Solitary Bees, is the latest edition to the Collins New Naturalist series. In this blog, Library Volunteer, Helen Chester, reviews this exciting book.
Ted Benton & Nick Owens’ book Solitary Bees is the latest title in the long-running New Naturalist series. This book focuses on an easily overlooked group of bees which are represented in Britain by about 244 species. Solitary bees are bees that do not use an infertile worker caste in the nest (such as that seen in the familiar honeybee hive), although they don’t necessarily all nest alone. While some species truly do build nests in isolation, others construct nests in groups, possibly for protection. Some types, including several species of mining bees, even share a communal nest entrance.
In the book’s introduction, Benton and Owens explained that solitary bees can be harder to study than their social counterparts, even though they are more diverse. It is difficult for entomologists to identify a particular species while studying them in nature. They also tend to receive a lot less attention than Honey Bees and bumble bees. However, signs of their activity can be spotted in various habitats. For example, in gardens, the holes found in plants can be evidence of leafcutter bees gathering nest-lining materials. There are now more resources available for the identification of solitary bees, and digital photography has made a huge contribution to their study. In fact, this book makes great use of colourful macro photographs and easy to understand diagrams that show the vast array of solitary bee forms and their physical adaptations to their lifestyles. Benton and Owens’ book is intended to be an accessible and up-to-date guide to these overlooked bees that draws on the latest research.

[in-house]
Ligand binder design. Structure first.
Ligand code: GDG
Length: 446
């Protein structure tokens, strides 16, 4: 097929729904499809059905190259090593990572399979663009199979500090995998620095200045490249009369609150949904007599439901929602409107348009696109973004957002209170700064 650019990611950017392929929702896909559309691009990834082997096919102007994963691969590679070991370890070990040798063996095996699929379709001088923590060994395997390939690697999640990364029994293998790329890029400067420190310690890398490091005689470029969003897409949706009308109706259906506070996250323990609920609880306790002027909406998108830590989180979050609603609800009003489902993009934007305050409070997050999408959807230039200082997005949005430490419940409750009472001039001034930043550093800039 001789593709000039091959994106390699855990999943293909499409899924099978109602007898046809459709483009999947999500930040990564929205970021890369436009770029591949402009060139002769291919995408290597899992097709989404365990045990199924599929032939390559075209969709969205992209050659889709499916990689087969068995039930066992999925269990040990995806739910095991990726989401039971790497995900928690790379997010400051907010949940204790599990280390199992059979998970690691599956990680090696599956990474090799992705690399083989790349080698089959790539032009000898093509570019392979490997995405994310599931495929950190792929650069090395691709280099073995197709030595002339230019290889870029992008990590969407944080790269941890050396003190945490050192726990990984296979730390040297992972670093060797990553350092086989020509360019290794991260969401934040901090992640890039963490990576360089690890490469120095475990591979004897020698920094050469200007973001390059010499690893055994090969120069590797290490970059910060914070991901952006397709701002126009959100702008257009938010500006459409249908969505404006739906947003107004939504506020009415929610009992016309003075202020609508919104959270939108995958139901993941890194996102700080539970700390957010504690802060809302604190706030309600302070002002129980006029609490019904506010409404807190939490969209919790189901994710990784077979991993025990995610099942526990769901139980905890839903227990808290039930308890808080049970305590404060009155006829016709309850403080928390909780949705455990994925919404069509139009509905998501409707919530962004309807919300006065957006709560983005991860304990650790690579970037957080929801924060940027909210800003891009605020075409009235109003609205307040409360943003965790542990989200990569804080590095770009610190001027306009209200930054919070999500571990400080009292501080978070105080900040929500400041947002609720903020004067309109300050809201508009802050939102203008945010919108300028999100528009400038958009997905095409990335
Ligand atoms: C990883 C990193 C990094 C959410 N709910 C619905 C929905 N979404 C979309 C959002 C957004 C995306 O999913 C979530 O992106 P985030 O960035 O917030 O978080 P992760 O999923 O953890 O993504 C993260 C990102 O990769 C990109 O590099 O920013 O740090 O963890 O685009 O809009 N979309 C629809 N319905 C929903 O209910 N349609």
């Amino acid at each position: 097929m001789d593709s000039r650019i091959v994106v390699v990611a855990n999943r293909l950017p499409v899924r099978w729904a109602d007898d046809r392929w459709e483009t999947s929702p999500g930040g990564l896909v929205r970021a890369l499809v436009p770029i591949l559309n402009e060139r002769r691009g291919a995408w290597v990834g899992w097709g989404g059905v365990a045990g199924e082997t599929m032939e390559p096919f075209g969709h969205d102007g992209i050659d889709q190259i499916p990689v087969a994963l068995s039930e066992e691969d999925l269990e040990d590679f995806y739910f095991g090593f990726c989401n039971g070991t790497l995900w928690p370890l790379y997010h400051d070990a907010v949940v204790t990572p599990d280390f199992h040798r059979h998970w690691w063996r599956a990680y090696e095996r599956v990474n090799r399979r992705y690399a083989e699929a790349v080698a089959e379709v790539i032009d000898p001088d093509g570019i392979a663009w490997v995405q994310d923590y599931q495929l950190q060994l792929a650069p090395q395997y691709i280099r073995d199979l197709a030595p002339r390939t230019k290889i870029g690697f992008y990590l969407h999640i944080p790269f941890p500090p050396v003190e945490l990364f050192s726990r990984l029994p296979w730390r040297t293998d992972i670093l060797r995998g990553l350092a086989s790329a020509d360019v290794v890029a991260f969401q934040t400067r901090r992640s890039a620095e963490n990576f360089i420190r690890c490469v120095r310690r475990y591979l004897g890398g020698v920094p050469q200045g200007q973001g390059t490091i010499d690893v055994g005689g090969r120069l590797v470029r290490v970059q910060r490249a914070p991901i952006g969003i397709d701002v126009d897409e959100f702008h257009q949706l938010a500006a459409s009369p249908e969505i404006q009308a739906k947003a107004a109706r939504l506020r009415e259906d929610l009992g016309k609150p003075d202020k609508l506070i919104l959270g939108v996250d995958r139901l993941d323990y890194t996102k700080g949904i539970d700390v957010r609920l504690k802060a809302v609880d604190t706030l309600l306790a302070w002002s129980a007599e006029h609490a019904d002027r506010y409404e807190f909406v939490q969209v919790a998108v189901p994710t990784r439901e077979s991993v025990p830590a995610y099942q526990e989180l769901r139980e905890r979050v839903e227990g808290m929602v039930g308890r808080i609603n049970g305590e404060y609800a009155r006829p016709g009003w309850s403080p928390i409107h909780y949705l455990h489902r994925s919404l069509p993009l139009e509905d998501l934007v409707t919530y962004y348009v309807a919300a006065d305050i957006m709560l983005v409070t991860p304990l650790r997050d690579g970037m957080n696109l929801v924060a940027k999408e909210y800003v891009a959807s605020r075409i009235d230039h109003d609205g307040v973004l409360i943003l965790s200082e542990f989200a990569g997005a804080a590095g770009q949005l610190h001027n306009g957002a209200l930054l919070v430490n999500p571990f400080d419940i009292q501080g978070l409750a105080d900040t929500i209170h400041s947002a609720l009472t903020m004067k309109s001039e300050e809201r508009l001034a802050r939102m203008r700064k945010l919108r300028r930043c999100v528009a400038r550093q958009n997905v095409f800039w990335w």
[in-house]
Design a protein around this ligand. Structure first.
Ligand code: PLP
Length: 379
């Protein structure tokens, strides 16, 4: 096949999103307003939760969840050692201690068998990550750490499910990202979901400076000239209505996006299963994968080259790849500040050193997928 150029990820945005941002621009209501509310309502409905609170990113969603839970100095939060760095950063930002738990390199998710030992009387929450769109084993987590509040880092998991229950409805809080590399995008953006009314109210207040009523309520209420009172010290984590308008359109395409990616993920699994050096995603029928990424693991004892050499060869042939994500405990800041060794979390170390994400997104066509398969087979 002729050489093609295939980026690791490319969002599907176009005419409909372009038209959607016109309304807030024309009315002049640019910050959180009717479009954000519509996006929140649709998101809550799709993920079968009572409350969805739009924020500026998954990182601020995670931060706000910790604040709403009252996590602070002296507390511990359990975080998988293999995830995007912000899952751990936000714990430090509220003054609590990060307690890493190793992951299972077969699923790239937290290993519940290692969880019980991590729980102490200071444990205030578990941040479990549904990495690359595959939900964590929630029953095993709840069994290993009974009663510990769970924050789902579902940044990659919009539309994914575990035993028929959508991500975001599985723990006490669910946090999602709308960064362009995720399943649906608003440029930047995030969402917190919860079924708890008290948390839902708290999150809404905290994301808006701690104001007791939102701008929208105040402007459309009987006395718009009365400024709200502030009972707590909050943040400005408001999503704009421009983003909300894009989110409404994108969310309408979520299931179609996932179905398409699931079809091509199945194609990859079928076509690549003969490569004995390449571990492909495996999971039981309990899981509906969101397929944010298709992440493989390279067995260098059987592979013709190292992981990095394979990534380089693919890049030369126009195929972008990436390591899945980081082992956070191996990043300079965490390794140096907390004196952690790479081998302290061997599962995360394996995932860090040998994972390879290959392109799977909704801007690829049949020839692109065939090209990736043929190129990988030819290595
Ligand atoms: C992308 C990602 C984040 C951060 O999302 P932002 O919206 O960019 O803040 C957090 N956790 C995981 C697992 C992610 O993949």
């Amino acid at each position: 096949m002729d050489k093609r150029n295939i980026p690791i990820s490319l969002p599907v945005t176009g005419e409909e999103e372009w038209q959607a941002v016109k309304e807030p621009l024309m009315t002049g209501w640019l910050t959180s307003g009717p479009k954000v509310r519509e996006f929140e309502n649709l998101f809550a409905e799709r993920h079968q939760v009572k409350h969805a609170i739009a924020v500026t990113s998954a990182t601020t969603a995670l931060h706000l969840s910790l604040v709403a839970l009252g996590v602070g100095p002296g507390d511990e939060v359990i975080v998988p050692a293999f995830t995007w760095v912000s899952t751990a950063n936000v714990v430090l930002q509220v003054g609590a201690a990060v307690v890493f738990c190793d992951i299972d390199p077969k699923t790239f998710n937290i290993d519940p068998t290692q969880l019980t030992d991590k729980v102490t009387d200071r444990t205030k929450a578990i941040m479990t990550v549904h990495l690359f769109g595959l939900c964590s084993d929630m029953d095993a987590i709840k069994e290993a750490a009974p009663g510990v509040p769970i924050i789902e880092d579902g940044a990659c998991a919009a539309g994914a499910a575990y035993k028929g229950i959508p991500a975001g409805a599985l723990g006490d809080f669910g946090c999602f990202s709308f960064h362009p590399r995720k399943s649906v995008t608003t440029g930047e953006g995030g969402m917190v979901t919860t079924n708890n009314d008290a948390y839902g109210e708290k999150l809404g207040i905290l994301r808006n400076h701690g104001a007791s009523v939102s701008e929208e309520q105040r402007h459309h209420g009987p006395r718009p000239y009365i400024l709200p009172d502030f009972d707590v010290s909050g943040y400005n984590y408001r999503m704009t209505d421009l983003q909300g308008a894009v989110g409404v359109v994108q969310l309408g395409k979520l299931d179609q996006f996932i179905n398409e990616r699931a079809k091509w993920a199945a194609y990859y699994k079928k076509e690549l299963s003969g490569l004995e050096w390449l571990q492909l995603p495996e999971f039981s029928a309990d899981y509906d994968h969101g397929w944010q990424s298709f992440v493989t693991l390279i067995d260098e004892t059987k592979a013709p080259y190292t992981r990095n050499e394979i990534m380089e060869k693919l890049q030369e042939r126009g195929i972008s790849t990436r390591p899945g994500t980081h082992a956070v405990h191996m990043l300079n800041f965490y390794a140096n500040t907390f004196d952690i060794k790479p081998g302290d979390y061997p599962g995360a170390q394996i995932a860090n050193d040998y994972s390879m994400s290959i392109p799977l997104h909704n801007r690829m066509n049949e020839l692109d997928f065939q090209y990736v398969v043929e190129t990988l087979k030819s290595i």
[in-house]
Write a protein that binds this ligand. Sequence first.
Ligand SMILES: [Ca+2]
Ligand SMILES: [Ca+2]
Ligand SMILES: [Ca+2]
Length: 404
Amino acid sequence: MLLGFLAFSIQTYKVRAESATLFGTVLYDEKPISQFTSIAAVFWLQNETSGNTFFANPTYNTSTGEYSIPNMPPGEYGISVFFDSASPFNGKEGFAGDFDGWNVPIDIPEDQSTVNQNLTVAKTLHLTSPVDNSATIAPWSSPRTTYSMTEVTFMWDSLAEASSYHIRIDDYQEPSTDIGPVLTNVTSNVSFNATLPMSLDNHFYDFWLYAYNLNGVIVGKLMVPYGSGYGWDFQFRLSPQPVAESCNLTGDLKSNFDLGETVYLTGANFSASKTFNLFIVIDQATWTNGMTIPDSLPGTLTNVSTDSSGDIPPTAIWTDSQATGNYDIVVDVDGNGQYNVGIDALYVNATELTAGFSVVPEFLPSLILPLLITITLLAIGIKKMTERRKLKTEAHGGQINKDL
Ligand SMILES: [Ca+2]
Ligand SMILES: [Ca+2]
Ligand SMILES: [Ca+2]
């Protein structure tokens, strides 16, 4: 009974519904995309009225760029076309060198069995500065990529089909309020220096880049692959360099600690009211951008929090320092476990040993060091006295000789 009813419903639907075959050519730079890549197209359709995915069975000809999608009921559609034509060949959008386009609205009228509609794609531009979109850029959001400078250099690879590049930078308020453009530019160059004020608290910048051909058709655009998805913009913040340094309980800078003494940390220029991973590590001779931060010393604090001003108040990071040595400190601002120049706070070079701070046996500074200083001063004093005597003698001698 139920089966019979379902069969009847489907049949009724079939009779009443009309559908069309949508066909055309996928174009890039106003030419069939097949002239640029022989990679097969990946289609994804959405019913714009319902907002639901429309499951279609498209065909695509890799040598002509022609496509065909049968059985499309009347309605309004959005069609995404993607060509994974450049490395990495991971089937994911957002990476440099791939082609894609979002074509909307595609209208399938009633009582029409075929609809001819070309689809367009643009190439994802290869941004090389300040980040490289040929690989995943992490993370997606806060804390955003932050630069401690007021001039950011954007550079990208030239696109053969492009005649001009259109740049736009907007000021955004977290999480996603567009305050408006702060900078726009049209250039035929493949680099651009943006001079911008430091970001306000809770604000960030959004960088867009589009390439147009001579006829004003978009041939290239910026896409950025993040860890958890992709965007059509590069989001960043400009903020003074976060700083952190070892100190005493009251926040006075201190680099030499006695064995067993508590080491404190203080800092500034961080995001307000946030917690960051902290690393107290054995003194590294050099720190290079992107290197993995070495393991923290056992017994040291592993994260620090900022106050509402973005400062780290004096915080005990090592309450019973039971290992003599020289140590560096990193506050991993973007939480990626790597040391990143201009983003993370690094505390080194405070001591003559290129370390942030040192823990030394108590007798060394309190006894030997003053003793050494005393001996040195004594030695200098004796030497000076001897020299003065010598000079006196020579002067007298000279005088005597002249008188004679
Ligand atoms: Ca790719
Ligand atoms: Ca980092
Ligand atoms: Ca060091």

The book goes into detail about the different types of solitary bee and their wide-ranging lifestyles. For example, solitary bees have a huge variety of methods for constructing nests. Some bees make use of pre-existing cavities such as holes in man-made masonry, hollows in plants, or even abandoned snail shells. Some bees nest on the ground by building burrows of various sizes. I was surprised to learn that Large-headed Resin Bees, as the name suggests, use pieces of resin to build their nests. They then embed other materials such as small pebbles into the resin. Other bees, called Cuckoo Bees, behave in a similar way to their avian namesake and replace the eggs of another species with their own offspring. There are about 73 species of cuckoo bees from six different genera.
I would recommend this book if you want to learn more about a lesser known group of bees. There is a huge amount of detail about different bee species and the complexity of their life cycles.
You can find this book in the Great North Museum: Hancock library.